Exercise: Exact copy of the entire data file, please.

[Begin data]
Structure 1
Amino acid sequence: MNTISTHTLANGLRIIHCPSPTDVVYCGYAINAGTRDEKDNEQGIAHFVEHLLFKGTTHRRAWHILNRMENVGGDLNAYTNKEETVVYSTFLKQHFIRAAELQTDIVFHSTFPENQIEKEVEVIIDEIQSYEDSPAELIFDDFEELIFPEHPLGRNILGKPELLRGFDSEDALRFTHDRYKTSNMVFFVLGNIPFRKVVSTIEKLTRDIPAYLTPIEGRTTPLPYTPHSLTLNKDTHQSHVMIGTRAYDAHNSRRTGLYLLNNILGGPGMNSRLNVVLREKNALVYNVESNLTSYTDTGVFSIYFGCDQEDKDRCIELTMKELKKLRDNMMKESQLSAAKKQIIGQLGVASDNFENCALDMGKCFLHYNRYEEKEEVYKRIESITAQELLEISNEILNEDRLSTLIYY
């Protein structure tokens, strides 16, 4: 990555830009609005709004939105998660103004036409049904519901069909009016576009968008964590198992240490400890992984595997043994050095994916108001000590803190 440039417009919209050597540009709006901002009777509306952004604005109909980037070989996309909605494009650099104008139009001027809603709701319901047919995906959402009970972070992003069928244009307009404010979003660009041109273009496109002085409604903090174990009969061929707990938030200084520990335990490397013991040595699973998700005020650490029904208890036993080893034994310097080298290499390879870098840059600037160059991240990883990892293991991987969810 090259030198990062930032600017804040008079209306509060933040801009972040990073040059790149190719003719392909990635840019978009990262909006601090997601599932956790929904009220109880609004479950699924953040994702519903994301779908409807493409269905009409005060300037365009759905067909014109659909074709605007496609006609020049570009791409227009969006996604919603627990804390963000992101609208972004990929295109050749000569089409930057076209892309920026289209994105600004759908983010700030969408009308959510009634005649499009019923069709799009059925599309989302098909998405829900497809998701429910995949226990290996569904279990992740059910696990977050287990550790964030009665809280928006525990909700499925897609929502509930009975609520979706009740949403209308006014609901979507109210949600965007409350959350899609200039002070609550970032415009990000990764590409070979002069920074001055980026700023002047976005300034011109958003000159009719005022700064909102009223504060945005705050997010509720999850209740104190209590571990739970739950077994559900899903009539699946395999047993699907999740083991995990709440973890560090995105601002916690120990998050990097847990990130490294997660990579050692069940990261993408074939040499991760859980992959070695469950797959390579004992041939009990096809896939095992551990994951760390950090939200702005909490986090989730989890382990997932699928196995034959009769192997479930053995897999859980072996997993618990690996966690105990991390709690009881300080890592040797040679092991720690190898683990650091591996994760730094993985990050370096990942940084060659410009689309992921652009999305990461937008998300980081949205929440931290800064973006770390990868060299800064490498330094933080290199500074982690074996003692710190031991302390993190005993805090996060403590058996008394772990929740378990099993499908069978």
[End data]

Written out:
Structure 1
Amino acid sequence: MNTISTHTLANGLRIIHCPSPTDVVYCGYAINAGTRDEKDNEQGIAHFVEHLLFKGTTHRRAWHILNRMENVGGDLNAYTNKEETVVYSTFLKQHFIRAAELQTDIVFHSTFPENQIEKEVEVIIDEIQSYEDSPAELIFDDFEELIFPEHPLGRNILGKPELLRGFDSEDALRFTHDRYKTSNMVFFVLGNIPFRKVVSTIEKLTRDIPAYLTPIEGRTTPLPYTPHSLTLNKDTHQSHVMIGTRAYDAHNSRRTGLYLLNNILGGPGMNSRLNVVLREKNALVYNVESNLTSYTDTGVFSIYFGCDQEDKDRCIELTMKELKKLRDNMMKESQLSAAKKQIIGQLGVASDNFENCALDMGKCFLHYNRYEEKEEVYKRIESITAQELLEISNEILNEDRLSTLIYY
């Protein structure tokens, strides 16, 4: 990555830009609005709004939105998660103004036409049904519901069909009016576009968008964590198992240490400890992984595997043994050095994916108001000590803190 440039417009919209050597540009709006901002009777509306952004604005109909980037070989996309909605494009650099104008139009001027809603709701319901047919995906959402009970972070992003069928244009307009404010979003660009041109273009496109002085409604903090174990009969061929707990938030200084520990335990490397013991040595699973998700005020650490029904208890036993080893034994310097080298290499390879870098840059600037160059991240990883990892293991991987969810 090259030198990062930032600017804040008079209306509060933040801009972040990073040059790149190719003719392909990635840019978009990262909006601090997601599932956790929904009220109880609004479950699924953040994702519903994301779908409807493409269905009409005060300037365009759905067909014109659909074709605007496609006609020049570009791409227009969006996604919603627990804390963000992101609208972004990929295109050749000569089409930057076209892309920026289209994105600004759908983010700030969408009308959510009634005649499009019923069709799009059925599309989302098909998405829900497809998701429910995949226990290996569904279990992740059910696990977050287990550790964030009665809280928006525990909700499925897609929502509930009975609520979706009740949403209308006014609901979507109210949600965007409350959350899609200039002070609550970032415009990000990764590409070979002069920074001055980026700023002047976005300034011109958003000159009719005022700064909102009223504060945005705050997010509720999850209740104190209590571990739970739950077994559900899903009539699946395999047993699907999740083991995990709440973890560090995105601002916690120990998050990097847990990130490294997660990579050692069940990261993408074939040499991760859980992959070695469950797959390579004992041939009990096809896939095992551990994951760390950090939200702005909490986090989730989890382990997932699928196995034959009769192997479930053995897999859980072996997993618990690996966690105990991390709690009881300080890592040797040679092991720690190898683990650091591996994760730094993985990050370096990942940084060659410009689309992921652009999305990461937008998300980081949205929440931290800064973006770390990868060299800064490498330094933080290199500074982690074996003692710190031991302390993190005993805090996060403590058996008394772990929740378990099993499908069978």